Which films will win big at this year’s Oscars? Here are our predictions

And so awards season begins in earnest, with the voting for this year’s Oscars nominees set to begin tomorrow.

Running from 5-10 March, the voting process will see the judges do their best to determine who is deserving of an Oscar nomination at the 93rd annual Academy Awards, which is scheduled to take place on Sunday 25 April.

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Of course, we have a wee while until we know for sure who’s up for a golden statuette, as the finalised list of nominations will not be announced until 15 March. Until then, though, we can content ourselves with taking a closer look at who’s scored big on the awards circuit already and…

Well, and making a few educated guesses.

With that in mind, then, here are our predicted nominations for the Best Picture category at the 2021 Oscars. 

Nomadland 

Nomadland, starring Frances McDormand, has been touted as one of the best films of 2021.

Chloé Zhao was awarded the gong for Best Director at this year’s Golden Globes thanks to her stellar work on Nomadland – which was also awarded Best Picture at the same ceremony. 

The film, too, was the winner of the Golden Lion at the Venice Film Festival. And Frances McDormand is already a two-time Oscar winner – and critics have been positively raving about her performance in Nomadland.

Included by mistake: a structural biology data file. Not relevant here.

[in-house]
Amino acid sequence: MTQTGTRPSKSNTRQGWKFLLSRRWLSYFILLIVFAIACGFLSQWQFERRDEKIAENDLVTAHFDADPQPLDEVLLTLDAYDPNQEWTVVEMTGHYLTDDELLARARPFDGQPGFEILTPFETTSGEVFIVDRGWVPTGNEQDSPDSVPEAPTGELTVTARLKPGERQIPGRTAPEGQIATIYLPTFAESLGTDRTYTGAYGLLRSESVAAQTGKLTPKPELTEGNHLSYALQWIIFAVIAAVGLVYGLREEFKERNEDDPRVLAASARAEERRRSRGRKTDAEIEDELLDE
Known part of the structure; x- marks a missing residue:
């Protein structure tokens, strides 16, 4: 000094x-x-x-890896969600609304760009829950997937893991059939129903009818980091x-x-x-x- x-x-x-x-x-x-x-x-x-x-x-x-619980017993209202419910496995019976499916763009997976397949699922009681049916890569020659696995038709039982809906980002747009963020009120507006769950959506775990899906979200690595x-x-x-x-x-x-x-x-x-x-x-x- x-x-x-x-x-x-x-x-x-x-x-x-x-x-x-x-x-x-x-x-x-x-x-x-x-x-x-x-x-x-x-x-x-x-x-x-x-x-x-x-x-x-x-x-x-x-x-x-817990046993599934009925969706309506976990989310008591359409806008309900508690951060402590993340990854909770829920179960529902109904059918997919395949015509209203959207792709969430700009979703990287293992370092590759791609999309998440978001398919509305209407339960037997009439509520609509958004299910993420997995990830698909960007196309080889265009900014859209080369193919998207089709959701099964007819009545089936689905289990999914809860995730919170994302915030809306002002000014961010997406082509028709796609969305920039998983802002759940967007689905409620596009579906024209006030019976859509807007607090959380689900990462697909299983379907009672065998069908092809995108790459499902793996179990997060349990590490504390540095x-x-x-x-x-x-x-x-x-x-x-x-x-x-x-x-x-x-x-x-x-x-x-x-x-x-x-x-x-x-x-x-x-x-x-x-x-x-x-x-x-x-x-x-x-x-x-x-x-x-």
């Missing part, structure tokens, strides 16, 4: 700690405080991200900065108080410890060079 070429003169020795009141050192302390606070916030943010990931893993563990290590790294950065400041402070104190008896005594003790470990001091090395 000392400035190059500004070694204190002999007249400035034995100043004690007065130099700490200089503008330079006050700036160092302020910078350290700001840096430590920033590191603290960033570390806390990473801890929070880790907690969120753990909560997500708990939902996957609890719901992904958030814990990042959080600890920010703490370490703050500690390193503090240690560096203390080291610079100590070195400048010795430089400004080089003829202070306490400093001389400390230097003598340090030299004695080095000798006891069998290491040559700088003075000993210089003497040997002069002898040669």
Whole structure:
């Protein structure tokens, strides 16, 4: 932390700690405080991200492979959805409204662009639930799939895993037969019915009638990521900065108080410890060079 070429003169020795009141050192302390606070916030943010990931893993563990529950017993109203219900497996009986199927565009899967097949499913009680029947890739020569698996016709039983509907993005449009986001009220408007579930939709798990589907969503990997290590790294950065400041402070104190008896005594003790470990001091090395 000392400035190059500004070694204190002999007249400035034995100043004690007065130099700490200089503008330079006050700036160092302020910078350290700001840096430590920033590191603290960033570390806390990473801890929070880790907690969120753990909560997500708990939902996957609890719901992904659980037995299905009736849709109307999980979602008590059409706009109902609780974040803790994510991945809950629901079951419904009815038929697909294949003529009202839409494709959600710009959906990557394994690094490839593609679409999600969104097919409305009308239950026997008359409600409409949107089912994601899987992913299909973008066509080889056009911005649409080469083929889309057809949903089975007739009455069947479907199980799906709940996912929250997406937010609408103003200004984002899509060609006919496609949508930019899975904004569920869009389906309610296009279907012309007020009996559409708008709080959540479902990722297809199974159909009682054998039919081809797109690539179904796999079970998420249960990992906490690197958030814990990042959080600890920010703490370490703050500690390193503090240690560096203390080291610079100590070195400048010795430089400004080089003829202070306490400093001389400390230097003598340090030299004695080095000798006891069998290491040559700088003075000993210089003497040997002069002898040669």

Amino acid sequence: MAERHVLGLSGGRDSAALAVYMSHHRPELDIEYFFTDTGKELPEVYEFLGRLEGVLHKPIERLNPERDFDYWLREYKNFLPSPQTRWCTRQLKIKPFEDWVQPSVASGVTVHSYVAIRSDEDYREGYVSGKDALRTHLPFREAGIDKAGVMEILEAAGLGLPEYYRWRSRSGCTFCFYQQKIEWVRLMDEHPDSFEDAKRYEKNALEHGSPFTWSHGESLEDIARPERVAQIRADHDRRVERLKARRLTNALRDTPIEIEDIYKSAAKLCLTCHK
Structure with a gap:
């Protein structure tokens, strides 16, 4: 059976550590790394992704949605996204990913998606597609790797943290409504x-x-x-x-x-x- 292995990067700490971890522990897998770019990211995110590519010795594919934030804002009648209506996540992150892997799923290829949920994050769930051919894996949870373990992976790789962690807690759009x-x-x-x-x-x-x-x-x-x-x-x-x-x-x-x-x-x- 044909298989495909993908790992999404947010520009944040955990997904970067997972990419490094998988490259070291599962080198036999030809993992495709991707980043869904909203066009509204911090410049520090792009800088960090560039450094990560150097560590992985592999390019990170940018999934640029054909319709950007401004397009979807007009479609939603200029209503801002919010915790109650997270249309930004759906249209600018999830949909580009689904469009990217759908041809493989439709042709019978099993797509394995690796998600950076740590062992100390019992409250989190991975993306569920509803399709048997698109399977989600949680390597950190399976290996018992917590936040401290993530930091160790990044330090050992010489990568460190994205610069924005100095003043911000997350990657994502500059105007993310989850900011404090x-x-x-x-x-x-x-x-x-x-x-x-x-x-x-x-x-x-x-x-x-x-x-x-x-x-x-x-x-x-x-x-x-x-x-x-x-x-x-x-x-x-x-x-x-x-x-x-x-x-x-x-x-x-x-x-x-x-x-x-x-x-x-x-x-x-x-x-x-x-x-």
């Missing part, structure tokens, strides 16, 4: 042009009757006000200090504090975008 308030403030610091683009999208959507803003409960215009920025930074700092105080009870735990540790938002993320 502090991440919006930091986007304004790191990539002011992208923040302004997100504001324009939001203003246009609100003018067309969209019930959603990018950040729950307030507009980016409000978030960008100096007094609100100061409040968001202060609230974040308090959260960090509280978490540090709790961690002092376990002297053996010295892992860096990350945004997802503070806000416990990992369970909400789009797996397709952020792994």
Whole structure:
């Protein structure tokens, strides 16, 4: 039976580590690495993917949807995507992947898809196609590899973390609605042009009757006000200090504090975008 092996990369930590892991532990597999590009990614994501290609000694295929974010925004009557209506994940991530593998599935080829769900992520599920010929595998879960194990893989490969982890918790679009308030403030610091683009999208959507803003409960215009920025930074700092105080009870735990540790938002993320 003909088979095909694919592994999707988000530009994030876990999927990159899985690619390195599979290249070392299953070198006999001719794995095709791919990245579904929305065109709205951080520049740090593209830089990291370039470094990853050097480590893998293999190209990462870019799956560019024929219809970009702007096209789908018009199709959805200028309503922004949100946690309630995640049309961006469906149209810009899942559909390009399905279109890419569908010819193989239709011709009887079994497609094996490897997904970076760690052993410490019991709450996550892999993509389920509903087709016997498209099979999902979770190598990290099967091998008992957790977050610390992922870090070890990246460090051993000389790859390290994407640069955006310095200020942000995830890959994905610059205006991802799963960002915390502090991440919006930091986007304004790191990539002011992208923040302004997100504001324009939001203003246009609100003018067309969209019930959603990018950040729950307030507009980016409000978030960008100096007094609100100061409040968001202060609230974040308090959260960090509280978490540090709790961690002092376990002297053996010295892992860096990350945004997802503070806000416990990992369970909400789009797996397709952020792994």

Is it any wonder, then, that there’s so much Oscars buzz around this neo-Western drama?

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“I bet, and hope, that Nomadland wins,” says Stylist’s entertainment director Helen Bownass of the revered Academy Award for Best Picture.

Based on a nonfiction book by journalist Jessica Bruder, Nomadland tells the story of newly-widowed Fern, who is forced to leave her longtime home in rural Nevada during the recession.

And, for all those who have yet to see it in all its glory, it’s due to become available for streaming in the UK this April via Star on Disney+. 

The Father

Boasting a 100% ‘fresh’ rating on Rotten Tomatoes, and boasting brilliant performances from the likes of Sir Anthony Hopkins and Olivia Colman, The Father’s world premiere took place at the Sundance Film Festival in January 2020 and was met with significant critical acclaim.

It makes sense, then, that a lot of people have this one pipped for a Best Picture nomination at this year’s Oscars. 

As suggested by the title, it tells the story of a man who refuses all assistance from his daughter as he ages. As he tries to make sense of his changing circumstances, however, he begins to doubt his loved ones, his own mind and even the fabric of his reality.

Again, this deeply sad film has yet to be made available to UK viewers, but that’s likely due to change on 12 March (many have suggested that it will make its debut via one of the major streaming platforms, such as Amazon Prime Video or Star on Disney+).

One Night In Miami

Directed by Regina King, One Night In Miami – currently available for streaming in the UK via Amazon Prime Video – tells the story of an evening in February 1964, when real-life friends Malcolm X (Kingsley Ben-Adir), Sam Cooke (Leslie Odom Jr.), Jim Brown (Aldis Hodge) come together to celebrate Cassius Clay (Eli Goree) becoming boxing’s heavyweight champion. 

Despite failing to pick up any gongs at this year’s Golden Globes, the film remains firmly ensconced as a top-tier Best Picture contender thanks to its strong performances, excellent direction (if King is nominated for Best Director, she will be the first Black woman ever to be named in this category), and positive reviews.